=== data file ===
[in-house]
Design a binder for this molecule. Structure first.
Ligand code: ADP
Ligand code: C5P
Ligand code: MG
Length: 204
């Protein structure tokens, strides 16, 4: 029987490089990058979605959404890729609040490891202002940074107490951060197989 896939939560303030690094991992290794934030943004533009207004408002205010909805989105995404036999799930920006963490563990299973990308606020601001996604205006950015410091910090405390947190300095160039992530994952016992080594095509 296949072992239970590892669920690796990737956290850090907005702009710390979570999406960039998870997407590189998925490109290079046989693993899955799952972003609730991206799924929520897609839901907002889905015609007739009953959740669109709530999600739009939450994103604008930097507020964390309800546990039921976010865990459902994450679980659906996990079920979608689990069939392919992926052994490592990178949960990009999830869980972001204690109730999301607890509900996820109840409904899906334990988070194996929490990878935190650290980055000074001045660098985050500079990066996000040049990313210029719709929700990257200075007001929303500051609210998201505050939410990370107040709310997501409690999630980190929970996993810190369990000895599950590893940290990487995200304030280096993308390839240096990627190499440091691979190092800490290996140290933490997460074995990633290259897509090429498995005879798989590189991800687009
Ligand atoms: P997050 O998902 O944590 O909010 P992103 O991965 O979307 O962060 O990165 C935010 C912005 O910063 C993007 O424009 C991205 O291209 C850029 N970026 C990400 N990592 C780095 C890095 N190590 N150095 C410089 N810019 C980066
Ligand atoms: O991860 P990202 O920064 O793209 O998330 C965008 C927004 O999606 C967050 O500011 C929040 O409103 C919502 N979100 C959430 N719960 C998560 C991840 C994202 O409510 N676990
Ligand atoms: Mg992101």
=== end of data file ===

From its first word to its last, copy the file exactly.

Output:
[in-house]
Design a binder for this molecule. Structure first.
Ligand code: ADP
Ligand code: C5P
Ligand code: MG
Length: 204
């Protein structure tokens, strides 16, 4: 029987490089990058979605959404890729609040490891202002940074107490951060197989 896939939560303030690094991992290794934030943004533009207004408002205010909805989105995404036999799930920006963490563990299973990308606020601001996604205006950015410091910090405390947190300095160039992530994952016992080594095509 296949072992239970590892669920690796990737956290850090907005702009710390979570999406960039998870997407590189998925490109290079046989693993899955799952972003609730991206799924929520897609839901907002889905015609007739009953959740669109709530999600739009939450994103604008930097507020964390309800546990039921976010865990459902994450679980659906996990079920979608689990069939392919992926052994490592990178949960990009999830869980972001204690109730999301607890509900996820109840409904899906334990988070194996929490990878935190650290980055000074001045660098985050500079990066996000040049990313210029719709929700990257200075007001929303500051609210998201505050939410990370107040709310997501409690999630980190929970996993810190369990000895599950590893940290990487995200304030280096993308390839240096990627190499440091691979190092800490290996140290933490997460074995990633290259897509090429498995005879798989590189991800687009
Ligand atoms: P997050 O998902 O944590 O909010 P992103 O991965 O979307 O962060 O990165 C935010 C912005 O910063 C993007 O424009 C991205 O291209 C850029 N970026 C990400 N990592 C780095 C890095 N190590 N150095 C410089 N810019 C980066
Ligand atoms: O991860 P990202 O920064 O793209 O998330 C965008 C927004 O999606 C967050 O500011 C929040 O409103 C919502 N979100 C959430 N719960 C998560 C991840 C994202 O409510 N676990
Ligand atoms: Mg992101």